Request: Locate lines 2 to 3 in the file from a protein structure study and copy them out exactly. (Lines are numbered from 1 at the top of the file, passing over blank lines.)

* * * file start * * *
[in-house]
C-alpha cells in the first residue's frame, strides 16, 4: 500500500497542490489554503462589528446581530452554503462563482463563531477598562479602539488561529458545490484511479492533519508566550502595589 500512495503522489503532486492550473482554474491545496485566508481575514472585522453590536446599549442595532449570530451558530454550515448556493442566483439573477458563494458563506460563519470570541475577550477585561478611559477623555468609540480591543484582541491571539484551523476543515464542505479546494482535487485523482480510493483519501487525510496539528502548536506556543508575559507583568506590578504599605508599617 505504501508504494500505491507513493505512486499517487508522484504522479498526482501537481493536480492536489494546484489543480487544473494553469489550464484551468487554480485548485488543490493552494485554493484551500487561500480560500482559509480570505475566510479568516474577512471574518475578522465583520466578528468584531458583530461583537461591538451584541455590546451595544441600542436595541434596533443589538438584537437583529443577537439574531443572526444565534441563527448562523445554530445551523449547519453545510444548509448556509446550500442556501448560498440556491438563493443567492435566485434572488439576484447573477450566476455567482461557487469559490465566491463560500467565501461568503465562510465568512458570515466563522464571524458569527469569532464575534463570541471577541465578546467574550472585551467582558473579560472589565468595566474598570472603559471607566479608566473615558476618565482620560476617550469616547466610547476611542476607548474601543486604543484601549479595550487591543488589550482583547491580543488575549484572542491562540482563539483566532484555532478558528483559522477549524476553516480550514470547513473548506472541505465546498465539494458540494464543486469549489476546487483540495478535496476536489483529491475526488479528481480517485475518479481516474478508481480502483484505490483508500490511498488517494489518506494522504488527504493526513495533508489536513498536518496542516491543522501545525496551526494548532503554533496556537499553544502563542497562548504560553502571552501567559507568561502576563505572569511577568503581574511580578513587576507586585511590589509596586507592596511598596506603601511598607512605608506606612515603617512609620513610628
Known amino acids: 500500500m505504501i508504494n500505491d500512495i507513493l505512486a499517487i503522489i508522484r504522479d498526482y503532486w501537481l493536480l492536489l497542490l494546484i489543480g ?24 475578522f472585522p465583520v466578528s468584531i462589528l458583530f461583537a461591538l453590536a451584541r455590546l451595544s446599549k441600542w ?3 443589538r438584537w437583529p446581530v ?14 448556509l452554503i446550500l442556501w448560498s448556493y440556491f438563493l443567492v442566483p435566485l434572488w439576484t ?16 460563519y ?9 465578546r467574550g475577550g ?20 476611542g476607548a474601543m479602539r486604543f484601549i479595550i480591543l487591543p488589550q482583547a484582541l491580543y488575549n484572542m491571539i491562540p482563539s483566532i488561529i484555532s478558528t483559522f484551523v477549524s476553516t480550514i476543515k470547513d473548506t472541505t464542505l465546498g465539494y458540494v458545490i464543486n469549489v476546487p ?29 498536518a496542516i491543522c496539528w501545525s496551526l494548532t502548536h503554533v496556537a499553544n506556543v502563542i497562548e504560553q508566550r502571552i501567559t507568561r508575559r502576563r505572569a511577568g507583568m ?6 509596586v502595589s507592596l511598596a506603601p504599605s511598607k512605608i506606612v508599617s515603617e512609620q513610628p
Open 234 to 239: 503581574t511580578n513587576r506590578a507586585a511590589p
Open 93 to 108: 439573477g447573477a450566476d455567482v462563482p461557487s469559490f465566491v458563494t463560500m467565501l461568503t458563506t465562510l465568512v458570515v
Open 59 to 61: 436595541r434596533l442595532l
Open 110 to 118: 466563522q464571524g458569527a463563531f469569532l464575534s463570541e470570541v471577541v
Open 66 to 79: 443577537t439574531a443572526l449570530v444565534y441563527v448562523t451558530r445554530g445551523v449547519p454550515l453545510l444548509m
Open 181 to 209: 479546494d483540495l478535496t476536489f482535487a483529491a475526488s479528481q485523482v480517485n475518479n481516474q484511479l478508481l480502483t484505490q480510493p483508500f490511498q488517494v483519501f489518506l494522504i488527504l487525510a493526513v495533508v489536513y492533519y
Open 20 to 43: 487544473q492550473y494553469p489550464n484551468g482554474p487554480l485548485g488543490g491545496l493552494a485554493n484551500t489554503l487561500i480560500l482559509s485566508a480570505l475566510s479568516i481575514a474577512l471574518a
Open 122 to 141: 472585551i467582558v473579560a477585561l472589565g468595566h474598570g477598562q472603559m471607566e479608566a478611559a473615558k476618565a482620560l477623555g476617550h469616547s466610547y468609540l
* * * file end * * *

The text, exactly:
C-alpha cells in the first residue's frame, strides 16, 4: 500500500497542490489554503462589528446581530452554503462563482463563531477598562479602539488561529458545490484511479492533519508566550502595589 500512495503522489503532486492550473482554474491545496485566508481575514472585522453590536446599549442595532449570530451558530454550515448556493442566483439573477458563494458563506460563519470570541475577550477585561478611559477623555468609540480591543484582541491571539484551523476543515464542505479546494482535487485523482480510493483519501487525510496539528502548536506556543508575559507583568506590578504599605508599617 505504501508504494500505491507513493505512486499517487508522484504522479498526482501537481493536480492536489494546484489543480487544473494553469489550464484551468487554480485548485488543490493552494485554493484551500487561500480560500482559509480570505475566510479568516474577512471574518475578522465583520466578528468584531458583530461583537461591538451584541455590546451595544441600542436595541434596533443589538438584537437583529443577537439574531443572526444565534441563527448562523445554530445551523449547519453545510444548509448556509446550500442556501448560498440556491438563493443567492435566485434572488439576484447573477450566476455567482461557487469559490465566491463560500467565501461568503465562510465568512458570515466563522464571524458569527469569532464575534463570541471577541465578546467574550472585551467582558473579560472589565468595566474598570472603559471607566479608566473615558476618565482620560476617550469616547466610547476611542476607548474601543486604543484601549479595550487591543488589550482583547491580543488575549484572542491562540482563539483566532484555532478558528483559522477549524476553516480550514470547513473548506472541505465546498465539494458540494464543486469549489476546487483540495478535496476536489483529491475526488479528481480517485475518479481516474478508481480502483484505490483508500490511498488517494489518506494522504488527504493526513495533508489536513498536518496542516491543522501545525496551526494548532503554533496556537499553544502563542497562548504560553502571552501567559507568561502576563505572569511577568503581574511580578513587576507586585511590589509596586507592596511598596506603601511598607512605608506606612515603617512609620513610628
Known amino acids: 500500500m505504501i508504494n500505491d500512495i507513493l505512486a499517487i503522489i508522484r504522479d498526482y503532486w501537481l493536480l492536489l497542490l494546484i489543480g ?24 475578522f472585522p465583520v466578528s468584531i462589528l458583530f461583537a461591538l453590536a451584541r455590546l451595544s446599549k441600542w ?3 443589538r438584537w437583529p446581530v ?14 448556509l452554503i446550500l442556501w448560498s448556493y440556491f438563493l443567492v442566483p435566485l434572488w439576484t ?16 460563519y ?9 465578546r467574550g475577550g ?20 476611542g476607548a474601543m479602539r486604543f484601549i479595550i480591543l487591543p488589550q482583547a484582541l491580543y488575549n484572542m491571539i491562540p482563539s483566532i488561529i484555532s478558528t483559522f484551523v477549524s476553516t480550514i476543515k470547513d473548506t472541505t464542505l465546498g465539494y458540494v458545490i464543486n469549489v476546487p ?29 498536518a496542516i491543522c496539528w501545525s496551526l494548532t502548536h503554533v496556537a499553544n506556543v502563542i497562548e504560553q508566550r502571552i501567559t507568561r508575559r502576563r505572569a511577568g507583568m ?6 509596586v502595589s507592596l511598596a506603601p504599605s511598607k512605608i506606612v508599617s515603617e512609620q513610628p